Wrestling Championships: Is Less Actually More?

Cec Van GaliniAnalyst IIIMarch 14, 2010

NEW YORK - MARCH 11:  (L-R) Wrestler Eddie Guerrero, WWE Chairman Vince McMahon and Wrestler Triple H attend a press conference to promote Wrestlemania XX at Planet Hollywood March 11, 2004 in New York City.  (Photo by Peter Kramer/Getty Images)
Peter Kramer/Getty Images

In all sports, champions are renowned for the number of championships they win

Jack Nicklaus - 18 Golf Majors

Roger Federer - 16 Grand Slams

Real Madrid - 9 time European Champions 

Michael Schumacher 7 Grand Prix Championships

In the 'cartoon world' of wrestling, however championships are not so much about skill as it is about the person who actually wins them. 

The example of WCW Stunning Steve as compared to WWF/E's Stone Cold is a perfect example of how different a person's career can be if they prove to be marketable.

It is therefore quite surprising that I heard recently that the Game, the cerebral assassin, the King of Kings, Triple H was a Thirteen time World Champion .

I must admit, I have never been a fan of Triple H. Perhaps it is because I still remember his run as a blueblood heel in 1996, or perhaps as Bret Hart fan, I came to hate DX or maybe its simply that I hate his ability as part of the clique to book his own matches, but I still genuinely believe that he does not deserve to be known as a 13-time World Champion.

I understand that this statement is likely to garner some disagreement to the point that I may receive a glowstick to the back of the head at my next wrestling event but I honestly feel that he is over-rated when we compare his record to others in the wrestling world.

When we consider that the likes of Roddy Piper , the British Bulldog, or Curt Hennig, were unable to have even one title reign, the Game's 13 titles looks relatively unfair.

In my opinion and it seems to be one that is found elsewhere in the wrestling world, the perception of Championships is one of diminished value. For me, there are two moments in relatively recent history that marks how important the title can be.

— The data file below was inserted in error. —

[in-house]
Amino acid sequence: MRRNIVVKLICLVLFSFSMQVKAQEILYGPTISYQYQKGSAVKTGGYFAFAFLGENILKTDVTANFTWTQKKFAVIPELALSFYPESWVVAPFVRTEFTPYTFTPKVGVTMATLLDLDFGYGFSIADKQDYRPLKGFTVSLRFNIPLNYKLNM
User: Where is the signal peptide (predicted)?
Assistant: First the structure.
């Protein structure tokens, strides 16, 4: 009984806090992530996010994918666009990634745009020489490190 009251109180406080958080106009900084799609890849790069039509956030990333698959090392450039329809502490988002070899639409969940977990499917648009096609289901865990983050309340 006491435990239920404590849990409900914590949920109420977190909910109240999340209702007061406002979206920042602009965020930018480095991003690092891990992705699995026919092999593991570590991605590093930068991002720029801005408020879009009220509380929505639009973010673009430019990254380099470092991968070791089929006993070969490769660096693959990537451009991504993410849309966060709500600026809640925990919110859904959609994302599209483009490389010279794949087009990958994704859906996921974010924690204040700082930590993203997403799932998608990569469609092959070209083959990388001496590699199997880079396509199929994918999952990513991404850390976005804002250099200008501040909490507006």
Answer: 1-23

The first comes in 1996 with Wrestlemania 12 when Shawn Michaels realises his dream and captures the title for the first time.

Everything about that win, be it his entrance, the nature of his victory or simply the iconic picture of him celebrating on his knees with the belt, meant something to him and to the wrestling world.

The second moment comes one year later. Hart and Michaels had momentarily gone from the Title chase and in their place, two giants in the form of Sid and the Undertaker . As a creature of the night, I sat up until 3 a.m. waiting for this match. Following after the bloody epic between Hart and Austin, this match had to be special and in my opinion it was.

The Undertaker had not possessed the title for over five years and indeed even that reign was only brief given Hogan's phenomenal success. So for the Undertaker, once again dressed in grey for the night, to win a World Title, was a truly magical moment.

Just as we had shared in Michaels' success one year earlier, now we could sit back and acknowledge the efforts of another superstar who had worked so hard and achieved the ultimate prize.

It seems that these days, a superstar only has to enter the ring to be given a World Title, with Sheamus the obvious example.

However if we also consider that Edge has held 9 titles, John Cena 8, and Randy Orton 6 , it begs the question whether or not the WWE can make the World Title special again?

I for one think that when the history books are written the likes of Bret Hart (5), Shawn Michaels (4), Randy Savage (2), Eddie Guerrero (1) will be regarded as more meaningful champions than the likes of HHH, Cena, Edge or Orton.

In the wrestling world, the champion is appointed not crowned, so let's hope that the next generation are afforded special moments when their time comes .